Thanks for the comments everyone! To answer Old Limey. Our income is okay, I have a great job and my husband just started a new job with good benefits and more money than he had been making in the past year. Because we had been paying down debt, we haven't built up a large emergency fund. We have about $3,000 in savings and we have used those funds to pay for things that pop up instead of putting it on the cards. We are both in our early 40s and have 401(k), a couple of IRAs and the mutual fund. Our plan is not to use the cards unless we can pay them off before interest accrues or within a couple of months if we have to use them. We are adding a part of our monthly savings from no credit card bills to savings and then paying off the car in 2 years instead of 4.

Jennifer, your response sounded great until you said, "...or within a couple of months if we have to use them..." You've got to get your mindset hard and fast on either not using the credit cards (or any other credit) unless and until you are sure you will pay it off monthly, before interest accrues. Until you can do this, you aren't ready to let go of all that cash. Often, carrying a balance on your cards, as sucky and expensive as it is, saves you from putting more on it. I encourage you to pay it off only after you are sure you have cured the credit card habit.

Whatever you do (and I think most of the advice above is sound), cut the credit cards up now - ALL of them. Then close them as you pay each one off, smallest to largest. Get intense about it - forget about your FICO! You really don't need to keep credit cards in order to become financially healthy - as you are seeing (to the tune of $24k), having them around can become too much of a temptation for some people. And I would knock out the car loan as well - those will suck away your income for life.

Removing these obligations not only takes the financial weight off your shoulders, but it also simplifies your life. I say this as one who has experienced what it's like not to have car loans, credit cards, student loans, etc. You just can't beat the debt-free road - my wife, son, and I wouldn't have it any other way!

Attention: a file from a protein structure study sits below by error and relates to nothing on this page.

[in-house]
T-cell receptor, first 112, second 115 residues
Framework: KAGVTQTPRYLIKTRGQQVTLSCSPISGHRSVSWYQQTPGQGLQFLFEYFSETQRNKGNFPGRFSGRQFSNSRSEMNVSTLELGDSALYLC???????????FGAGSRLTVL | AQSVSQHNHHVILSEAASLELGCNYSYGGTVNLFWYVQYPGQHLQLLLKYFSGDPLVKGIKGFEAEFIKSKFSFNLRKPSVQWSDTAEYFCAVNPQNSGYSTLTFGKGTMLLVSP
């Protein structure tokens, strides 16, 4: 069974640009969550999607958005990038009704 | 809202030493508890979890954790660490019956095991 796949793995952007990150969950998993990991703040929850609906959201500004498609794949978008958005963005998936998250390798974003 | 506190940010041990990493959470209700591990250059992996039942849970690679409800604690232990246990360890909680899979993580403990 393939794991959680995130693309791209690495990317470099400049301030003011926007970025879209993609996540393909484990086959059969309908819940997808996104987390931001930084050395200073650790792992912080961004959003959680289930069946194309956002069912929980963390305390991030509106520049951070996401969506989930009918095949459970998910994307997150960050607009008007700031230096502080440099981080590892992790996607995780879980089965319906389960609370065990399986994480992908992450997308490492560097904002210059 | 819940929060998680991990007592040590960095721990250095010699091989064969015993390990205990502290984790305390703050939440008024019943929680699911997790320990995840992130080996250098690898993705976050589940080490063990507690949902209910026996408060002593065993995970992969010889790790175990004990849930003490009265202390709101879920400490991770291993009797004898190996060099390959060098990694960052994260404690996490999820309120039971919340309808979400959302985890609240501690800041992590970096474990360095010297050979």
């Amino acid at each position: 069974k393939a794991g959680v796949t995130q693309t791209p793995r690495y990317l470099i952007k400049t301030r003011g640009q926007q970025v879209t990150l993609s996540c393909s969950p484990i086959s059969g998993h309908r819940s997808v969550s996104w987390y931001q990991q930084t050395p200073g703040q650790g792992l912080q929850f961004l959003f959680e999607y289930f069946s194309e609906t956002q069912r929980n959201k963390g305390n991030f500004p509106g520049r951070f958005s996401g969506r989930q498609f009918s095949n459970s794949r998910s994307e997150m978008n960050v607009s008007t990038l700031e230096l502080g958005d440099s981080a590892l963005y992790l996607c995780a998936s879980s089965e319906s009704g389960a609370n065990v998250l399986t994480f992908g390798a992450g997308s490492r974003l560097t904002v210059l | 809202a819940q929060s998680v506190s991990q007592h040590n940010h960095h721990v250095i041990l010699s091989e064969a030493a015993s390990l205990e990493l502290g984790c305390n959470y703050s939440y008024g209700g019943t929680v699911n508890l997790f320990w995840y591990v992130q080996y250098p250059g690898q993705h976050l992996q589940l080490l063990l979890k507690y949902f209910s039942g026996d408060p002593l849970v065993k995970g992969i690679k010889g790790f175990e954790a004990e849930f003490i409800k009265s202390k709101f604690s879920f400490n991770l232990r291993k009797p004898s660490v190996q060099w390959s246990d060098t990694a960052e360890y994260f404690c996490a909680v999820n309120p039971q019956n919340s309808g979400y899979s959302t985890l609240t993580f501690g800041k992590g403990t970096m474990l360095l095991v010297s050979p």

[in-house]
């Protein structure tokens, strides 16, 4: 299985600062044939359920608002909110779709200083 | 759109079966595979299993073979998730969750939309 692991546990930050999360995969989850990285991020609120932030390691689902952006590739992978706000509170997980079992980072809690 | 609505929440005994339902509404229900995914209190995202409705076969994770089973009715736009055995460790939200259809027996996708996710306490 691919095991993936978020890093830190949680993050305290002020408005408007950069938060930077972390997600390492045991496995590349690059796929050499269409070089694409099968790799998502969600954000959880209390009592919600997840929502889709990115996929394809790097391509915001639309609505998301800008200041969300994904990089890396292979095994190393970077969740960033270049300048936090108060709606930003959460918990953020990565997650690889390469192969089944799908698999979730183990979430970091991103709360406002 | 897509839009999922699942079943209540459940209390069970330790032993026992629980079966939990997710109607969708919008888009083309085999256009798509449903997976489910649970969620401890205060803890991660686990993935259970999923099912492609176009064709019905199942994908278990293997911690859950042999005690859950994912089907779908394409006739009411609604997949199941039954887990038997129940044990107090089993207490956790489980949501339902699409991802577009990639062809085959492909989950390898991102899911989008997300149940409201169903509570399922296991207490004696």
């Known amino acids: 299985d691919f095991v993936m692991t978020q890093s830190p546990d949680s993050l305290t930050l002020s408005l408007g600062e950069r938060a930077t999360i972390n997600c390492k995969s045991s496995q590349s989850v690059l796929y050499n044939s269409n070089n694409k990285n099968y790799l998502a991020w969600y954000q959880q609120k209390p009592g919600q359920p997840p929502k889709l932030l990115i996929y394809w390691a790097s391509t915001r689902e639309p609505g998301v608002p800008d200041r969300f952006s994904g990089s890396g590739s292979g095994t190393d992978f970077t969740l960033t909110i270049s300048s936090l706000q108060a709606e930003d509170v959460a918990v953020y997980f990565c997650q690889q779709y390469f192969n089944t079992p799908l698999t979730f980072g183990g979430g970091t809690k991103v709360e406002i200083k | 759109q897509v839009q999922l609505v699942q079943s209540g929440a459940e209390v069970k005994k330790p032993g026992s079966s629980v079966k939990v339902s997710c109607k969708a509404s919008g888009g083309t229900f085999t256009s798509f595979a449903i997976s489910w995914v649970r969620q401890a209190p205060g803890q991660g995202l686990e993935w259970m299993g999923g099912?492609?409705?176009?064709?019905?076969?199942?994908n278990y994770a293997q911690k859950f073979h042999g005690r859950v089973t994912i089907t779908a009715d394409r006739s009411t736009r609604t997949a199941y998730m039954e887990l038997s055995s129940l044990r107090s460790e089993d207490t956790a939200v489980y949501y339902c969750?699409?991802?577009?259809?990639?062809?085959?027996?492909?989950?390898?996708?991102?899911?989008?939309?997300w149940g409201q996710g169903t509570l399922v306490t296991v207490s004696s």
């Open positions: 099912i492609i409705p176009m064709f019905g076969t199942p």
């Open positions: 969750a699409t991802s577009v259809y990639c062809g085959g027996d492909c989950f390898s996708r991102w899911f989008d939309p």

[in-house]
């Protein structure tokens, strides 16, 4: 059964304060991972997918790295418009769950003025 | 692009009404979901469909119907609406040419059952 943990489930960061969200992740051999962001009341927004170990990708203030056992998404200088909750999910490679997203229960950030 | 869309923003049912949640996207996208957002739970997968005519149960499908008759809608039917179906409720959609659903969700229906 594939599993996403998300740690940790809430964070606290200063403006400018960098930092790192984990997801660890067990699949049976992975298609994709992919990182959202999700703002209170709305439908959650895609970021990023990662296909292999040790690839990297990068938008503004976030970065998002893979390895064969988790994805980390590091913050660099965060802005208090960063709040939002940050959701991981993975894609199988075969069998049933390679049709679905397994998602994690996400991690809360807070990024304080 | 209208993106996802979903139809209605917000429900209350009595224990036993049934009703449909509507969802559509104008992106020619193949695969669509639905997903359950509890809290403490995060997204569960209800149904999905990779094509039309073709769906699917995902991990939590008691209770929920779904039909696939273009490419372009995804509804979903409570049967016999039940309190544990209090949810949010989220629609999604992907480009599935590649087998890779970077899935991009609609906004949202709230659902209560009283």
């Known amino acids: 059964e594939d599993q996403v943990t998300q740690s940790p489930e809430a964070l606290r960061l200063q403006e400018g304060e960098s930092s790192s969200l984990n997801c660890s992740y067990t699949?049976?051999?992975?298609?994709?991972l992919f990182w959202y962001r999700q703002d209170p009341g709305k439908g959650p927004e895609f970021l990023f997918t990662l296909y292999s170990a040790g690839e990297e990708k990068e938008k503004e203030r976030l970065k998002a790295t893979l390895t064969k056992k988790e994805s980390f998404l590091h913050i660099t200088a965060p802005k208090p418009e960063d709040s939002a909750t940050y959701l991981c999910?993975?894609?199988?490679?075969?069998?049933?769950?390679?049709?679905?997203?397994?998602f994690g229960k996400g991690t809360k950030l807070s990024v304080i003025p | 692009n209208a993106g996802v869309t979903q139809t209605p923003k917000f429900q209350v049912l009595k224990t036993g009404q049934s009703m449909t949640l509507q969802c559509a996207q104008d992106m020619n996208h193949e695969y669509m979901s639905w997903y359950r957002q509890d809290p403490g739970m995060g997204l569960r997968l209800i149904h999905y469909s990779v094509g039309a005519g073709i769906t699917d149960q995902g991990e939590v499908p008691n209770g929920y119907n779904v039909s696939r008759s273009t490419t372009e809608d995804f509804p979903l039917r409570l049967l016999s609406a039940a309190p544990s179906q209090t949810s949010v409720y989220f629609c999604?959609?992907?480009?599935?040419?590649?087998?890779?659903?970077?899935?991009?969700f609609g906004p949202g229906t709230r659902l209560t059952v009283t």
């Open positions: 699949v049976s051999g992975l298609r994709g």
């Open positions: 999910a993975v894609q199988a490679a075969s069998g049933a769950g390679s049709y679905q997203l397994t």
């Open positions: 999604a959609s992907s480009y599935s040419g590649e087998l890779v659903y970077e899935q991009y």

If you ever think you will carry a balance on a credit card again, cut them up. Unless you know that you will never pay credit card interest again, it's not worth having the cards around to tempt you. If an emergency pops up, credit cards really shouldn't be your way of handling them. $3000 should be able to cover most emergencies, but as soon as you pay off your debt, I would raise that fund to a minimum of $5,000-$10,000. Even if you have an emergency that costs more than $3000, there are usually other options. If you have a medical emergency, they will usually work with you on a payment plan. If you have a car emergency, a car loan would have a lower interest rate than most credit cards.

My husband and I built up a $10,000 emergency fund within a year of getting out of college. It single-handedly has made the rest of our financial plan possible and allowed us to sleep better during difficult financial situations. We would never have bought our home so early in life (23 and 24) if we didn't have a solid cushion.

Use some of your mutual fund money to pay the debt. Think of the capital gains tax as the interest you would have paid on the credit card debt. Every dollar of debt reduced now is that much interest not paid later, and that much more debt you can pay off as part of your snowball.

As for your credit card usage, you need to have a "clean" card. This is a card you will use for your monthly charges that you know, without a doubt, will be cleared each month, so you don't pay interest on those charges. Meanwhile, you keep reducing the debt on the other cards.

Good luck, Jennifer.